Review of American Murderer: The Parasite That Haunted the South

American Murderer: The Parasite That Haunted the South                     [Medical Fiascoes]American Murderer: The Parasite That Haunted the South [Medical Fiascoes]
by Gail Jarrow
Middle School, High School     Calkins/Astra    160 pp.    g
9/22     978-1-68437-815-9     $24.99
e-book ed.  978-1-63592-829-7    $14.99

Zoologist Charles Stiles discovered a new species of hookworm: Necator ­americanus , the titular “American murderer,” which affected a large portion of the population in the American South during the late 1800s and early 1900s. Hookworms pass through the skin into the blood, lungs, and small intestines where they can feast, sometimes by the hundreds, on their unsuspecting hosts, leaving them emaciated, feeble, and dull-witted. Eggs pass out of the body with feces, and since many people defecated in the woods surrounding their homes and went barefoot during that period, it’s no wonder hookworms were widespread. The cure was simple and inexpensive, but local doctors did not recognize the symptoms or treat them properly. Moreover, many people did not trust Stiles, despite his position at the U.S. Public Health Service: he was a scientist, not a doctor, and he wasn’t a Southerner. It would finally take a partnership with the Rockefellers’ philanthropic organization to properly amplify his message. Jarrow (Blood and Germs , rev. 3/21), who has carved out a niche for herself in the history of science and medicine, here adeptly weaves solid research, primary-source quotes, and historical artifacts with elements of mystery for a compelling read. A glossary, an author’s note, source notes (with primary sources indicated), bibliography, and an index are appended.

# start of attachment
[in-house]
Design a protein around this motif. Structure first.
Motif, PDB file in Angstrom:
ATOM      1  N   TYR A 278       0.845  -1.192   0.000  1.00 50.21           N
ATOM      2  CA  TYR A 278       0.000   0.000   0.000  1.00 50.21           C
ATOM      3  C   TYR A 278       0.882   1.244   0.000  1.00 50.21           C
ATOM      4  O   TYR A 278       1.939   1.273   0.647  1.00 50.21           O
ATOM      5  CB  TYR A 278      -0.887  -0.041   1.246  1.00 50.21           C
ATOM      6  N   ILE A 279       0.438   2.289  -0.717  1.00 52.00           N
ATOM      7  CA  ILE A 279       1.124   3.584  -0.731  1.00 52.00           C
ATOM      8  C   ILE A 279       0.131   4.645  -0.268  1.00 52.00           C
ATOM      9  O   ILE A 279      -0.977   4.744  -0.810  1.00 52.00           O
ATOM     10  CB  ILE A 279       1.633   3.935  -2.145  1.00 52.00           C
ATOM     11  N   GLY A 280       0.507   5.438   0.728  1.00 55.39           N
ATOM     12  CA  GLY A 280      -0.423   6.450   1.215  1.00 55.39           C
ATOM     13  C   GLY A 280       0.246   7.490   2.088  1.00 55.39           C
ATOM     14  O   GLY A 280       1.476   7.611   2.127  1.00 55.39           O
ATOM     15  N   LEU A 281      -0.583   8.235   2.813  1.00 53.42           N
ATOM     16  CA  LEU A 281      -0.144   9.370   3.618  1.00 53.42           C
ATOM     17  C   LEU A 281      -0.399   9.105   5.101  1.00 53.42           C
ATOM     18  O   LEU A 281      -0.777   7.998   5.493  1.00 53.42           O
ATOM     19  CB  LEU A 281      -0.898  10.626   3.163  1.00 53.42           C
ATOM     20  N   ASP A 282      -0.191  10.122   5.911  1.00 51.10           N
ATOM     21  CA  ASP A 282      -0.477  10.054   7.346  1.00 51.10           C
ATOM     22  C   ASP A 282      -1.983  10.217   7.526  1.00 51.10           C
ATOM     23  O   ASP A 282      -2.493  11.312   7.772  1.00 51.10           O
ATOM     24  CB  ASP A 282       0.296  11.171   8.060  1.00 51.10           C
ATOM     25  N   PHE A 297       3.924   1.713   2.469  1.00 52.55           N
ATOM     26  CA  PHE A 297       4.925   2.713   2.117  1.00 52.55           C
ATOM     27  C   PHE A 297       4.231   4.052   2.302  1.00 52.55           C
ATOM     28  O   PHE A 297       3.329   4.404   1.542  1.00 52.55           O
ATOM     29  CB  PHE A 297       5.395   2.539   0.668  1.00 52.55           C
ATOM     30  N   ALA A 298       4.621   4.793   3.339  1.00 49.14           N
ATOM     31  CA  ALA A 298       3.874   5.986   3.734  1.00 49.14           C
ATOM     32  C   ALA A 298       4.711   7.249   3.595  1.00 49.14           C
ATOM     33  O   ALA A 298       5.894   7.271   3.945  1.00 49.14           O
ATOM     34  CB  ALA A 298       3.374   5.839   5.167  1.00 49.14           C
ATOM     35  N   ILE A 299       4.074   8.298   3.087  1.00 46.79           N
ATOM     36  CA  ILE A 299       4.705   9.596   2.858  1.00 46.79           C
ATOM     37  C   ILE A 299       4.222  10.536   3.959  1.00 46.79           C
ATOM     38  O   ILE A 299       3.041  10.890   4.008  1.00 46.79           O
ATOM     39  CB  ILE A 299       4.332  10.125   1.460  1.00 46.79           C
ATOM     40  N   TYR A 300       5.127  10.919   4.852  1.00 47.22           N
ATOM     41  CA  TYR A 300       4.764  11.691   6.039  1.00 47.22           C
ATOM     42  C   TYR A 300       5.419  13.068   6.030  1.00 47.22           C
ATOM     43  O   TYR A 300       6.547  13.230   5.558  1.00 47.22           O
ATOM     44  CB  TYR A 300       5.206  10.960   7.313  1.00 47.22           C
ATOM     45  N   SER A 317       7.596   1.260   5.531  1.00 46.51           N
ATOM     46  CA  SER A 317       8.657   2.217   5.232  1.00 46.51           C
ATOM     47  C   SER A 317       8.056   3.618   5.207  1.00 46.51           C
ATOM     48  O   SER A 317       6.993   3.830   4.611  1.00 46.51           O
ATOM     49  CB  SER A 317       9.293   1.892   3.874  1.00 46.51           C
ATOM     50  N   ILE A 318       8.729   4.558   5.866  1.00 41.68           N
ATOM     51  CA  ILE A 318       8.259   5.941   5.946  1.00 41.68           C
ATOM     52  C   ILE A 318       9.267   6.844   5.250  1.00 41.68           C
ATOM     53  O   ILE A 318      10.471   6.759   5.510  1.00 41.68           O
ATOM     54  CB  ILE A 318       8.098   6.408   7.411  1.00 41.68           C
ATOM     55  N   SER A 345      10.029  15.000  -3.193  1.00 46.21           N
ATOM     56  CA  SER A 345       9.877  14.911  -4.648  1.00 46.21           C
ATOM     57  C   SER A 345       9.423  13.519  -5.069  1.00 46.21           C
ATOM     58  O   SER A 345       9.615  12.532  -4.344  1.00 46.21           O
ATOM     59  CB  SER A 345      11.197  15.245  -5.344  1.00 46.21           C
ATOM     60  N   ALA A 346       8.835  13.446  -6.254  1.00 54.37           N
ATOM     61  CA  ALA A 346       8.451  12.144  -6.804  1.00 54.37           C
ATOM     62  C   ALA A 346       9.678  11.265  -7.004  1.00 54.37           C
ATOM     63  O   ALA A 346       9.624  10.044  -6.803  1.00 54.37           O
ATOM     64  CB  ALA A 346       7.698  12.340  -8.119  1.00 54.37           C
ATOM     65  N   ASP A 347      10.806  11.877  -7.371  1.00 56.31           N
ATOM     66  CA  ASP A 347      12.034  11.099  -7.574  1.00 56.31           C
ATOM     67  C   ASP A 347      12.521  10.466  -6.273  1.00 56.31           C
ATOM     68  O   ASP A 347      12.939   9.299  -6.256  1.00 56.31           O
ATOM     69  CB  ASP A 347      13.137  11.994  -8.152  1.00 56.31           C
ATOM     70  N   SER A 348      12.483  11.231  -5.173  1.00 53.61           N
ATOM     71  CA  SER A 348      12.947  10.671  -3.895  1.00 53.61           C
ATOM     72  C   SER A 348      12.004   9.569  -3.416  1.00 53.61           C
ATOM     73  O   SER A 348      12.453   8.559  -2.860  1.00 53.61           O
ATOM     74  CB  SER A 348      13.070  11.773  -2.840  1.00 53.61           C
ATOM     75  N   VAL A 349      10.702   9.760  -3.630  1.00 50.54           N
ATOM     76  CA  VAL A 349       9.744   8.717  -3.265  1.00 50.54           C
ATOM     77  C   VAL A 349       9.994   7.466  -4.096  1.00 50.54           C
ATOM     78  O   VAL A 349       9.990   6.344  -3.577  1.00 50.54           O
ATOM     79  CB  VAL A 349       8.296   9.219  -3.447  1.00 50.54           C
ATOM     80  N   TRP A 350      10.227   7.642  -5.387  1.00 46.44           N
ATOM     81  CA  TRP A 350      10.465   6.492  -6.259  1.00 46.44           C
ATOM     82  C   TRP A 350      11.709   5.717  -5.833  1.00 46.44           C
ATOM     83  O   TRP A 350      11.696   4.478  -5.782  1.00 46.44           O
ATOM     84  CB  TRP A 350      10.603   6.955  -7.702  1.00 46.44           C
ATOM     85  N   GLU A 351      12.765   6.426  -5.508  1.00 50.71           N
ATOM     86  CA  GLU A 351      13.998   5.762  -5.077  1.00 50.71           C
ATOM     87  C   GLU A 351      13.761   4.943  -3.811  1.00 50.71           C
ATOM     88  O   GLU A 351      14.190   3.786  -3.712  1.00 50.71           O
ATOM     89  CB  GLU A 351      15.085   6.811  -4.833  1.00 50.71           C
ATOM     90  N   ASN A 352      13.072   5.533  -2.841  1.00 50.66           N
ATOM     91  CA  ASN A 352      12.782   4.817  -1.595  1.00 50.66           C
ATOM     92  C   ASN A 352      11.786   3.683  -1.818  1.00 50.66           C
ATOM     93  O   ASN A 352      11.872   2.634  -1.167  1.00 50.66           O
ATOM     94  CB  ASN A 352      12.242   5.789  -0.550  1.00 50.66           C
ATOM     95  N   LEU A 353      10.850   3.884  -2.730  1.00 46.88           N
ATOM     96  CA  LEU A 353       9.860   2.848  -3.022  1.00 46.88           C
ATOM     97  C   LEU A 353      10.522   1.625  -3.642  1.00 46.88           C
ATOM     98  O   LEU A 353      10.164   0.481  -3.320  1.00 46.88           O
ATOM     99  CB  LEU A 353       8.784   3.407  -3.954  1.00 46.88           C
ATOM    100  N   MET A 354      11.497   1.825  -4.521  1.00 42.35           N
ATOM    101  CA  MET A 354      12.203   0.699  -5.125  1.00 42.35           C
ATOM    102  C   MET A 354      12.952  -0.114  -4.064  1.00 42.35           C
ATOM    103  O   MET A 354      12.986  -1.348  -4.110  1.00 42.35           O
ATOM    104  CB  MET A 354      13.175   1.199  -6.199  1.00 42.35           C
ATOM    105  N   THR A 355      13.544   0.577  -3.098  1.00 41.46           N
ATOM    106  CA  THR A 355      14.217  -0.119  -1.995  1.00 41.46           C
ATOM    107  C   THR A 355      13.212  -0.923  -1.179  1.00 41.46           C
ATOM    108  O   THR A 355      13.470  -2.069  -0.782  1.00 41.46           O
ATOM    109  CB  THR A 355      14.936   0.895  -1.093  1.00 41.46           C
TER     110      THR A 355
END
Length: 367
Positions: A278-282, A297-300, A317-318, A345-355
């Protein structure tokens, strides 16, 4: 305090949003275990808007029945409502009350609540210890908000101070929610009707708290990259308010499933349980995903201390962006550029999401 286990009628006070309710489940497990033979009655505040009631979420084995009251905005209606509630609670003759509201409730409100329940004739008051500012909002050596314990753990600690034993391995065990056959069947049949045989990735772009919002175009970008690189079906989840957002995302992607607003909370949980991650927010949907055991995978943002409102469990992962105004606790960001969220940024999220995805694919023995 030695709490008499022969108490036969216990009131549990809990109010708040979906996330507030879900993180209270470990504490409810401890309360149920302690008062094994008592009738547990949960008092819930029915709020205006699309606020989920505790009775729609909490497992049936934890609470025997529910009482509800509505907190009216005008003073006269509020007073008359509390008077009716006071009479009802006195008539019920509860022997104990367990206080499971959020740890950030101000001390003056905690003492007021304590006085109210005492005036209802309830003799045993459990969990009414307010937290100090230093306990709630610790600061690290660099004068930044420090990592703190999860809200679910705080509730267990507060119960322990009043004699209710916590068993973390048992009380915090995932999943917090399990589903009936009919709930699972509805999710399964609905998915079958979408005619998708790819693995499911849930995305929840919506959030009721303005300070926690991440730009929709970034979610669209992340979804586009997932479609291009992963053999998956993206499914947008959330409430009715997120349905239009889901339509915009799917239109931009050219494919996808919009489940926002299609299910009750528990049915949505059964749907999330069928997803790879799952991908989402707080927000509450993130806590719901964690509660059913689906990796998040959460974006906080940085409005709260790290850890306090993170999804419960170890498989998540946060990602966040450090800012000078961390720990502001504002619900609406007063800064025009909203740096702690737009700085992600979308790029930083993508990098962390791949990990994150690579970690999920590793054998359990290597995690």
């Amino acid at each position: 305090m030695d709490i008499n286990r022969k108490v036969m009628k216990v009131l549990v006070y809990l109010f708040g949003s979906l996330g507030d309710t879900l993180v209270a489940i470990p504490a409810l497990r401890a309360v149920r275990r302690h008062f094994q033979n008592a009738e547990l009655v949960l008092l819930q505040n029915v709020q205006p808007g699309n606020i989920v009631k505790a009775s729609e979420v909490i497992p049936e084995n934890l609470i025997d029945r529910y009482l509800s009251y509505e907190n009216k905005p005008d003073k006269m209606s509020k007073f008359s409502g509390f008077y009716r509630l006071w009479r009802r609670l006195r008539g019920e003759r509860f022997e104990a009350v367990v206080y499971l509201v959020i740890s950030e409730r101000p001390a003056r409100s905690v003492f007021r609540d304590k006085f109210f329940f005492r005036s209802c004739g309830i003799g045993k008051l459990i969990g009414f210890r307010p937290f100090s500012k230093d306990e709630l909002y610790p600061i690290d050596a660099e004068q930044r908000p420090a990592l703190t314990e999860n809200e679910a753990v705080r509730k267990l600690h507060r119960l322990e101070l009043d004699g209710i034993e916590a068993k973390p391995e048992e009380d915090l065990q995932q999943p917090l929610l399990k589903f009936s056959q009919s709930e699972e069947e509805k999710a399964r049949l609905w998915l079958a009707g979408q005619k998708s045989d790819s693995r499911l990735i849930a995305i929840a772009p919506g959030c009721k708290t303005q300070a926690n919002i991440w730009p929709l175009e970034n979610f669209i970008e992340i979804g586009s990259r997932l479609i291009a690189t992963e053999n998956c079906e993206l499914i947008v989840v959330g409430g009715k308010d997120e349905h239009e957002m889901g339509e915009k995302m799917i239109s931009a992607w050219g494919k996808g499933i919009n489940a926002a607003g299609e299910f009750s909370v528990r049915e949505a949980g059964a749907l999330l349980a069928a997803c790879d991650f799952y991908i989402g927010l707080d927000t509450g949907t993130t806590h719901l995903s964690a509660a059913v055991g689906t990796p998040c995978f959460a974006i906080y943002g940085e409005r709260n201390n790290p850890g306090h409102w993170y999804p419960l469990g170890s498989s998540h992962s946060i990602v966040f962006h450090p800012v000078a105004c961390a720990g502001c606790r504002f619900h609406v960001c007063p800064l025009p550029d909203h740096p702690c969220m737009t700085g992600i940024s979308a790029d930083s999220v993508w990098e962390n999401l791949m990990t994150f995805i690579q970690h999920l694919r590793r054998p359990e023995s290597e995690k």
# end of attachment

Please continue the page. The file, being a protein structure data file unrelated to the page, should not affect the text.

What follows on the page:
From the September/October 2022 issue of The Horn Book Magazine.

Jonathan Hunt
Jonathan Hunt is the coordinator of library media services at the San Diego County Office of Education.

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